A review of Masters of the Universe: Hayek, Friedman, and the Birth of Neoliberal Politics by Daniel Stedman Jones (2012, Princeton University Press).
I approached this long awaited volume (I was interviewed in 2007!) with great anticipation and a little trepidation. After all the credit for the famous photo of Friedrich Hayek on the front cover (along with Friedman, Thatcher and Reagan) reads: ‘Frederick von Hayek (double sic) 2009 (died 1992) courtesy of the Ludwig von Mises Institute’. Utter gibberish. But fortunately the book – as opposed to the cover – does not get an F but more of a C++.
Broadly the 345 page text (plus 73 pages of end material) tells the story of the rise of neo-liberal free-market ideas post World War II to their ascendant position post the debates of the 1970s under Thatcher and Reagan and beyond. Trans-Atlantic cross-fertilisation is a major theme.
Large parts of the book are well written history with no personal idiosyncractic asides and I single out the post-WWII discussion which stretches from pages 30 through 84 and say Chapters 5 and 6 on the emergence of monetarism and the way market ideas broke through in the 1970s.
The author is often spot on in interpreting the strategies deployed - for example the way the IEA cultivated a handful of key journalists and (not mentioned here) eschewed personal media appearances.
But it is a book of two halves, albeit the halves are intermingled and the joins not immediately apparent.
I strongly suspect that the excellent sections, three of which I highlight above, were written as part of a Master’s or PhD thesis. They are robust, well written and pretty much free of error or spin.
Then there is the rest of the book full of clangers, howlers and bizarre unfounded statements out of left field. It is as if a publisher asked for a thesis to be turned into a trade publication (albeit from a University Press) and that the new material was not written to the same standard as the existing text. There are even internal inconsistencies: he describes the IEA and FEE missions accurately in the good parts and inaccurately in the less good sections!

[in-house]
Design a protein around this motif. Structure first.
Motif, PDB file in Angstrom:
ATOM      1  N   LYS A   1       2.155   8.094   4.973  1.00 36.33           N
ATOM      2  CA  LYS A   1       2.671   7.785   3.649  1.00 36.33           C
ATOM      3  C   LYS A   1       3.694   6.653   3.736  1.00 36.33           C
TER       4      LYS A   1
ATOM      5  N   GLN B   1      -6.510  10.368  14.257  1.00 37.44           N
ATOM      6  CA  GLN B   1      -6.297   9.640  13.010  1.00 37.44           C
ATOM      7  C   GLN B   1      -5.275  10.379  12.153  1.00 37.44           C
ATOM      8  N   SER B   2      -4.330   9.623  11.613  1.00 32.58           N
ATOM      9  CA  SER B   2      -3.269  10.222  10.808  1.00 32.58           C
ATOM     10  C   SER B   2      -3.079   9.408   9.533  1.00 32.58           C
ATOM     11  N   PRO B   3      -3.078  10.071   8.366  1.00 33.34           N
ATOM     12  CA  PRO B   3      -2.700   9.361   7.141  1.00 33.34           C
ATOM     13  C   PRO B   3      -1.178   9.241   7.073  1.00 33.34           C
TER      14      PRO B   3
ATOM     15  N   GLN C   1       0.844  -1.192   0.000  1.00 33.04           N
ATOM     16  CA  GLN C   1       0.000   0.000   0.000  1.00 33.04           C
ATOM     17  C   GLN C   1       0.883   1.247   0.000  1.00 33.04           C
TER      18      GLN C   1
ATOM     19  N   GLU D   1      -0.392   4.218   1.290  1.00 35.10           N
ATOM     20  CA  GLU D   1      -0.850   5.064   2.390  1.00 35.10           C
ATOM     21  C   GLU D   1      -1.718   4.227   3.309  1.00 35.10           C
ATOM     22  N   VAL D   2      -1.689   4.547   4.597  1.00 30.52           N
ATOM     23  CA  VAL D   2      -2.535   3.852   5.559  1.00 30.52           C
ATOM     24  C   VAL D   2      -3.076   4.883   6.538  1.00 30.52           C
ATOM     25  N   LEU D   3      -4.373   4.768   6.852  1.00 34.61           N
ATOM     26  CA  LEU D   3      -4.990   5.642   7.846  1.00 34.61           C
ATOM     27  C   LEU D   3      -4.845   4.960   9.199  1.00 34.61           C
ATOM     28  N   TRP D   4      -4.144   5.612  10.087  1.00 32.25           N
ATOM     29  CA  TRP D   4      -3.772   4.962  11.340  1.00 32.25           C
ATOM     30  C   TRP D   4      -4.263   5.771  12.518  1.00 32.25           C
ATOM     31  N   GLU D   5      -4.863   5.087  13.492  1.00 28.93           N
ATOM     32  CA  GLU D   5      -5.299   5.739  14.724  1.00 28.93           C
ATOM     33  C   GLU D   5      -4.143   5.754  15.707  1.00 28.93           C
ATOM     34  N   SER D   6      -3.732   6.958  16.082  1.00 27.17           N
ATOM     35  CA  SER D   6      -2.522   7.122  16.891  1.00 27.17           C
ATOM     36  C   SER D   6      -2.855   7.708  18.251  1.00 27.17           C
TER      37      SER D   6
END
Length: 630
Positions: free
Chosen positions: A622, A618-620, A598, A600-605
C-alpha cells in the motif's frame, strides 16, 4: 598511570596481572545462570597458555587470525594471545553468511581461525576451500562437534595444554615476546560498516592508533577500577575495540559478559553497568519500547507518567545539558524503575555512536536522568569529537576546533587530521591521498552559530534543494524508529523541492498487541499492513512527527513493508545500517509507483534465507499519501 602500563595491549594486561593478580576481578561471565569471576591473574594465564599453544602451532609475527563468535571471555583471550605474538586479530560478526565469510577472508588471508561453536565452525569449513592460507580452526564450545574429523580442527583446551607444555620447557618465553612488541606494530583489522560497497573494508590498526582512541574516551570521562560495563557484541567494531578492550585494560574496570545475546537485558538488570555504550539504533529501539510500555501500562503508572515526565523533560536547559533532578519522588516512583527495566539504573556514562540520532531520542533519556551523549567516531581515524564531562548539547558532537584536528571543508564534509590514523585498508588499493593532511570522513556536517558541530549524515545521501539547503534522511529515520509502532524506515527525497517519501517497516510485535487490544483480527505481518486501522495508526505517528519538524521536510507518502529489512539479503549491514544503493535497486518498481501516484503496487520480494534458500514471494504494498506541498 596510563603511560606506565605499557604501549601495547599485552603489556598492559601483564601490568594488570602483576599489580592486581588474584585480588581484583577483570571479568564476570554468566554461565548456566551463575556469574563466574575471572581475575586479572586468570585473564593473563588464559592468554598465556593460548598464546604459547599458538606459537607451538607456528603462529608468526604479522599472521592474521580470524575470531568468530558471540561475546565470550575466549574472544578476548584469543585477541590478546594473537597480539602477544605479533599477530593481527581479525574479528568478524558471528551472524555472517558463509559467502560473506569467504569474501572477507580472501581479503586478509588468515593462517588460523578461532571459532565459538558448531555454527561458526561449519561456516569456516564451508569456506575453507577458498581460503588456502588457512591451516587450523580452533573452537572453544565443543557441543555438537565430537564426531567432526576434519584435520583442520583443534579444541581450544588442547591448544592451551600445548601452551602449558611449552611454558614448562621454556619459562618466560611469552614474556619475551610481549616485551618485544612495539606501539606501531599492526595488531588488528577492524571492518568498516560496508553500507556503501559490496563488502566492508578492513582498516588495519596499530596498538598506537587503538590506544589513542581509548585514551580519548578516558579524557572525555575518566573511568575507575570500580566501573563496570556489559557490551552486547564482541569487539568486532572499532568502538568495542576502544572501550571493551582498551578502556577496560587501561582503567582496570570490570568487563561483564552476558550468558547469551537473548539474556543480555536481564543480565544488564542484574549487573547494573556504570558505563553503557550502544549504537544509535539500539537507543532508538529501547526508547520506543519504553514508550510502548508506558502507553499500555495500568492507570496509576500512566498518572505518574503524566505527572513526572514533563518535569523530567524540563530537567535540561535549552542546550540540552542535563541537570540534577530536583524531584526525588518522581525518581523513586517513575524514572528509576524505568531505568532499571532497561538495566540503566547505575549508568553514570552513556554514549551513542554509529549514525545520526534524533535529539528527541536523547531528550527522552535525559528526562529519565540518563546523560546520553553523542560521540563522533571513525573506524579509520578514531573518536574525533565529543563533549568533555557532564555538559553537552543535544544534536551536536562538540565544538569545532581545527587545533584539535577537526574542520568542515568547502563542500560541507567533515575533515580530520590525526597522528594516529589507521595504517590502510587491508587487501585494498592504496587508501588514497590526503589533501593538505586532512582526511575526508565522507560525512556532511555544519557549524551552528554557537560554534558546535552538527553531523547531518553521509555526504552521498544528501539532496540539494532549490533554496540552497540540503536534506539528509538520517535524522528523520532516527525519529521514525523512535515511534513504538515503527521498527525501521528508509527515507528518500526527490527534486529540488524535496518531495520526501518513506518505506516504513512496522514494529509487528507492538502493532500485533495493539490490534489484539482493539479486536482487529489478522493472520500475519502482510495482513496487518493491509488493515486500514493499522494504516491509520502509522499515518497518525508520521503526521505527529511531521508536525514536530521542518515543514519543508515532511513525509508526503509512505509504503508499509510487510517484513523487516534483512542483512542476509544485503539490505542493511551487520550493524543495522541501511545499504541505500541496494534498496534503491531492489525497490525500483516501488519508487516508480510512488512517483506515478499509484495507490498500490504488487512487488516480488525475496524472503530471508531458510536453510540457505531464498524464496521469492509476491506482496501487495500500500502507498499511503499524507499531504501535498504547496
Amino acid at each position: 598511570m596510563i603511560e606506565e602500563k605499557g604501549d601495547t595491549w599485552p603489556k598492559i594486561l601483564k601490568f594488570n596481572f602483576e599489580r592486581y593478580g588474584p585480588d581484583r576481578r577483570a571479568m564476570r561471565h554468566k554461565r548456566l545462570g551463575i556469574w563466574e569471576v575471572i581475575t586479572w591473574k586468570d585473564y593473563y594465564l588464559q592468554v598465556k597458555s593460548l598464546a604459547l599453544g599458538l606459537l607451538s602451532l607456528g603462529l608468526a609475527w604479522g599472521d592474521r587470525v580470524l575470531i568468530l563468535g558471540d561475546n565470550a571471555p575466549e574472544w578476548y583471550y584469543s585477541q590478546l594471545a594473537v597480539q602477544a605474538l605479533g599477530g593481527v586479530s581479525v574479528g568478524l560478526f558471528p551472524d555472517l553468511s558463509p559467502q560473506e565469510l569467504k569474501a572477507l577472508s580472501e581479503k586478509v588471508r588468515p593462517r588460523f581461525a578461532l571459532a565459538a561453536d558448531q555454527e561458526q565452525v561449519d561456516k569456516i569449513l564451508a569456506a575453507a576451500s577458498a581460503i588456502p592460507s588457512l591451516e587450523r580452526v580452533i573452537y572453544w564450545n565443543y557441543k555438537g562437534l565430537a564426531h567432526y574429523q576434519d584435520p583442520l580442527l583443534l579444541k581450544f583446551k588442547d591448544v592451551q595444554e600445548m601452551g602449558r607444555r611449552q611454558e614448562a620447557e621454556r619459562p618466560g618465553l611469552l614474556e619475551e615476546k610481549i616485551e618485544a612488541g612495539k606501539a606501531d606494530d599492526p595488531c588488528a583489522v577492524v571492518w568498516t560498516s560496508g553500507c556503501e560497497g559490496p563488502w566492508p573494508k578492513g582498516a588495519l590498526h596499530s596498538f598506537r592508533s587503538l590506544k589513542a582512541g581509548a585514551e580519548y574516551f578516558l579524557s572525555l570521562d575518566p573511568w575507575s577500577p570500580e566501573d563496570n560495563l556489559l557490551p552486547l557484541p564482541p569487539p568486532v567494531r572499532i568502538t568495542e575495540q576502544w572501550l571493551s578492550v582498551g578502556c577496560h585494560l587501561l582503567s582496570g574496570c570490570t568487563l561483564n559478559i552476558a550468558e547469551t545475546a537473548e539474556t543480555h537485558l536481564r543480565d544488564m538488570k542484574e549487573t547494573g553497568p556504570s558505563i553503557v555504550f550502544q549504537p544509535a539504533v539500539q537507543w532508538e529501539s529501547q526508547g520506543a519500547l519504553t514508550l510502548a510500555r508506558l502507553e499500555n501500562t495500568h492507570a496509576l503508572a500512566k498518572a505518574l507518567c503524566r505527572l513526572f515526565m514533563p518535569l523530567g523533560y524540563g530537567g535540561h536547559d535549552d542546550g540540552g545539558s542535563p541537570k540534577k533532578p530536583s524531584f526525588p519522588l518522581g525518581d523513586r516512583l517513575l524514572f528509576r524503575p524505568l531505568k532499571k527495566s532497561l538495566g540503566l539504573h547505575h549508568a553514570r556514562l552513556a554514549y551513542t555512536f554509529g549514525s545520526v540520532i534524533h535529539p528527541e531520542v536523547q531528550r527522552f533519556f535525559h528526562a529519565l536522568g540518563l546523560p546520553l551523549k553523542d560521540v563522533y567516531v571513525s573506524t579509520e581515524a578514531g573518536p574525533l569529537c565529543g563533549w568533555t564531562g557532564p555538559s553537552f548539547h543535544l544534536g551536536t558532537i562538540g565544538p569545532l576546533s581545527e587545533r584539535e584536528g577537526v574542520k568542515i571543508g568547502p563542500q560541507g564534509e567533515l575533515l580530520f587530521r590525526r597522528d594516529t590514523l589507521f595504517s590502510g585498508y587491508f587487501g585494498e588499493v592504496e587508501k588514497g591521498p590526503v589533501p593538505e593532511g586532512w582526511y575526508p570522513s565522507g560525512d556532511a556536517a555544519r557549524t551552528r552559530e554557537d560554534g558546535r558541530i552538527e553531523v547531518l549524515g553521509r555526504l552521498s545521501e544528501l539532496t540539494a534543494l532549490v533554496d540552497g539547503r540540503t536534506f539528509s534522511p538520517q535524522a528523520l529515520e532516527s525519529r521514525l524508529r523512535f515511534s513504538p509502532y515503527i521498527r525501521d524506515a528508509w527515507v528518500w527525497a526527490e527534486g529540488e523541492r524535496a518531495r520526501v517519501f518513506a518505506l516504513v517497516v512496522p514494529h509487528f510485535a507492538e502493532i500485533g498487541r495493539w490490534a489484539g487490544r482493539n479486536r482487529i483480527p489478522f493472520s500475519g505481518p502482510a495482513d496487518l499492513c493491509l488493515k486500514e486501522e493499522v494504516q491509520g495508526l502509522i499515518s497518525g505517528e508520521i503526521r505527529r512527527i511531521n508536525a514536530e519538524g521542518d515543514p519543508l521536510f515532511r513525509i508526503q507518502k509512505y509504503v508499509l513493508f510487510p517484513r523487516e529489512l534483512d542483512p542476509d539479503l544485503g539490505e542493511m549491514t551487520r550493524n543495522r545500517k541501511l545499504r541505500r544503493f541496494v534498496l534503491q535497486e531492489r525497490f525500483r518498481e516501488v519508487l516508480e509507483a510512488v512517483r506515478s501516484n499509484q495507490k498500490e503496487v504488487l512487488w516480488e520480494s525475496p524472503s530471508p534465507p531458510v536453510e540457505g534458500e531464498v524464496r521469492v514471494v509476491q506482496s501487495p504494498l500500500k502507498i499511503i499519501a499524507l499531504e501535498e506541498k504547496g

The clangers and howlers are so frequent and egregious I would need pages to list them, but Hayek starting MPS and becoming its leader because he was great at fundraising and organising, and Coase, who could not say boo to a mouse let alone a goose, getting the Nobel because of his self-promotion skills are just plain risible. And there are many more such.
As well as the good passages highlighted above I must mention the frequent and substantial indented quotes the author has gleaned from his prodigious archive work. Just reading them and many of the footnotes (e.g. Samuelson’s letter to Hayek) is a real joy and an education. Just ignore the utterly bizarre one which has FEE inspiring Hayek to start MPS and later the establishment of IHS and the IEA.
The book ends bizarrely. An interesting sub theme throughout is the trans-Atlantic cross-fertilisation of ideas which I welcomed as I have been involved in that directly for nearly 40 years. At times he gets it right but then the penultimate section (Chapter 7) focuses way too much on one person, namely Stuart Butler, and two ideas, namely council house sales and Enterprise Zones. At best I think it fair to say while sales of public housing units were a huge hit in the UK they were a miserable flop in the US and that Enterprise Zones were badly flawed and/or neutered and have really not amounted to much overall on either side of the Atlantic. Jack Kemp’s visit to London to see the success of the Right to Buy is portrayed as a boondoggle to watch a pre-season American football game so maybe it is not at all surprising the policy failed back home!
On the other side of the coin there is no thorough discussion of Reagan/Thatcher tackling union issues and high marginal tax rates - both to great effect - or of Bob Poole’s monograph Cutting Back City Hall published in California by the Reason Foundation which led directly to contracting-out spreading like wildfire in the UK.
By 2001 we (‘the neoliberals’) had ‘won’ but the financial crisis of 2007-2008 is ‘the apotheosis of the neoliberal faith in free markets’. Apparently, it is nothing to do with lax monetary policy, completely flawed international banking regulation, an oligopoly of ratings agencies certified by US regulators, the successive bailing out of US financial institutions over decades, or government intervention in the housing and mortgage markets. At least there should be a debate about these things. In any case, what’s his answer? ‘Reason-based policy making needs to return.’ Return? Return from where?
My grade of C++ is perhaps on the generous side but then research has shown convincingly that free market types are much more generous than those left of centre.
John Blundell is the IEA’s Distinguished Senior Fellow and a Visiting Fellow at The Heritage Foundation in Washington, DC. His latest book is Ladies for Liberty: Women Who Made a Difference in American History.